WHENEVER YOU BEAT a key rival so badly that its players are using words like "embarrassed" afterward, you know the next encounter is going to be a little tougher.
The last time the Eagles played the Giants, the 40-17 victory was the Birds' most one-sided of the last 28 meetings. It was the Birds' most surprising victory of the season, especially given that New York had begun the year 5-0, looking like the NFC East's top team.
Until last week, it appeared the Eagles might have fueled the Giants' dissolution, might have dealt a fatal blow to the group that won the Super Bowl season before last. Then, last week, the Giants upset the Cowboys, 31-24, and suddenly the picture looked different, at least temporarily. Now, at 7-5, New York can match the Eagles' record by winning when the Birds visit Giants Stadium for the final time Sunday night. (If Dallas loses to San Diego, all three divisional contenders would then be 8-5.) But, of course, the Eagles can make the Giants' revival short-lived, and nail down an important potential tiebreaker by winning.
The Nov. 1 meeting was the first thing Giants running back Brandon Jacobs was asked about yesterday, when he met with New York-area reporters.
"It hurts, no question about it,'' said Jacobs, who went 74 yards with an Eli Manning pass for a touchdown against Dallas, the longest play of his career. "We know they are a good football team, but there is no way in hell that first game should have gone the way it went. Not taking anything away from them, but we played terrible. We weren't on top of our game, and they took advantage of it, just as they should have and just like we would have.''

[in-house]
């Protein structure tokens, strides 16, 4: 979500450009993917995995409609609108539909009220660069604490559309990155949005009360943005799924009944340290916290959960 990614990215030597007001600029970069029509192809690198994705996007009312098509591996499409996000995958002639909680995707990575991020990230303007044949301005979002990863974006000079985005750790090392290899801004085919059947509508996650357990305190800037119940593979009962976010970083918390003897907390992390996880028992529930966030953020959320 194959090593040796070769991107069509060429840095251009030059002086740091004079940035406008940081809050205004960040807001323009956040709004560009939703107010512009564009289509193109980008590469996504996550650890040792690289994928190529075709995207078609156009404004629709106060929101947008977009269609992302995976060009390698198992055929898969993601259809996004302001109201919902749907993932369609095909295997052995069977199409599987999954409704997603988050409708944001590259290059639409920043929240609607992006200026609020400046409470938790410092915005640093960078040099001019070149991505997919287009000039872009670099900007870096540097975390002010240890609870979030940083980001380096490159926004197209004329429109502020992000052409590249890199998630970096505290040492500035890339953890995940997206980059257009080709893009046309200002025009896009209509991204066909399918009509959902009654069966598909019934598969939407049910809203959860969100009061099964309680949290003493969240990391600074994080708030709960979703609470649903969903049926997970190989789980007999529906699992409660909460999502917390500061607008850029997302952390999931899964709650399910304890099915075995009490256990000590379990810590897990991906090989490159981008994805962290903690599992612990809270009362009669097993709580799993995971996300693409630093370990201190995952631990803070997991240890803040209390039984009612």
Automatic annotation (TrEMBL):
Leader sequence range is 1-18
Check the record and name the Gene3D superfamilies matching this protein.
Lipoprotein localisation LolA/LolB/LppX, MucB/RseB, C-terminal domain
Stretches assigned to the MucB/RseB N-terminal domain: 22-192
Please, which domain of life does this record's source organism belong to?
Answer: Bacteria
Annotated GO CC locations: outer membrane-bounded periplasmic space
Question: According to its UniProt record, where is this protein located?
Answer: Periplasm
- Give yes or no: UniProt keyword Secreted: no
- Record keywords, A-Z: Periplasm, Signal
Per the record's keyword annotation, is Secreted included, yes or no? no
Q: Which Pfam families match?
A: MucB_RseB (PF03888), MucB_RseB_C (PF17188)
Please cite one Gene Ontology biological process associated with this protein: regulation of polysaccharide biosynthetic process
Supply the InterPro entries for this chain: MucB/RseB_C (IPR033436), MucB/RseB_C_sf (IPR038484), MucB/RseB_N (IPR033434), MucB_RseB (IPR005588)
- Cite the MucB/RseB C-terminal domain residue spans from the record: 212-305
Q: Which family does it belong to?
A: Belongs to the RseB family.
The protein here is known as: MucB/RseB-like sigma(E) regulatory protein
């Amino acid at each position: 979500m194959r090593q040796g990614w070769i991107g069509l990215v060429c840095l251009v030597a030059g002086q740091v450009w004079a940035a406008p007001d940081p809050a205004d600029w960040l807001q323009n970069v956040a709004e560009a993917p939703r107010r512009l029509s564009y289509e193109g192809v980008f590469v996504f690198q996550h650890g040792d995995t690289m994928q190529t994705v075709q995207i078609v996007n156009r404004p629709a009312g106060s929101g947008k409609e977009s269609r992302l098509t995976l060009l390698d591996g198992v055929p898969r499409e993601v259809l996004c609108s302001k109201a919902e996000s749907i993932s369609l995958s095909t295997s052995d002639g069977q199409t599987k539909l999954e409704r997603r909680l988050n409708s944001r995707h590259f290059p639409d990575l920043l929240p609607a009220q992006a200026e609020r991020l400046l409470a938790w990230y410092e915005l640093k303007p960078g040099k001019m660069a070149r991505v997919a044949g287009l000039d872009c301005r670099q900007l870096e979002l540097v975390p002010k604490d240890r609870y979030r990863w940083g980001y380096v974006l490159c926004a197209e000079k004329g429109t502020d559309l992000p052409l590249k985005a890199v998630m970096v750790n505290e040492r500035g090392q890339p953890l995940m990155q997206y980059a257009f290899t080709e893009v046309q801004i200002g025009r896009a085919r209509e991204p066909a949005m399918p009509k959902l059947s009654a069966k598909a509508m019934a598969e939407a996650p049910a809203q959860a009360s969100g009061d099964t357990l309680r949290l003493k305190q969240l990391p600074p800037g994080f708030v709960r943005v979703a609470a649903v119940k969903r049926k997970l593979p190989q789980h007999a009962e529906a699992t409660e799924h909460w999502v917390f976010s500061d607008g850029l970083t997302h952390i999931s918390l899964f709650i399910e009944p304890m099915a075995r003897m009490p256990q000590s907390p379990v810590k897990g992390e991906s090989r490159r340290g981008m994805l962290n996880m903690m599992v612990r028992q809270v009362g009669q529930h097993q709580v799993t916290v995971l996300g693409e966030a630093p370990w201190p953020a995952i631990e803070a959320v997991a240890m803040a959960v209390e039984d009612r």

At NovaCare this week, the response to this sort of thing has been twofold: Yes, the Eagles realize they were fortunate, that the Giants have made some defensive adjustments. But the Birds believe they, too, have evolved.
Strong safety Quintin Mikell didn't seem to be worried about the Giants being more fired up for this meeting, or something. (Funny - before the last meeting, we were hearing about New York getting payback for losing in the playoffs to the Eagles. And that postseason game was going to avenge their regular-season loss to the Birds the previous month. But the Giants still haven't beaten the Eagles since Plaxico Burress' gun went off.)
"They came out with all the fire that they had last game too, we just got on top of them early and kept rolling. The notion that we didn't get their best shot or they weren't playing as hard as they could, this is the NFL, so I don't think that's really an excuse," Mikell said. "Right now, we're prepared for whatever they do. I think they're going to come out ready to go. We're a different team than we were last time we played them. We had a lot of ups and downs, but I think we're a lot better team than we were back then."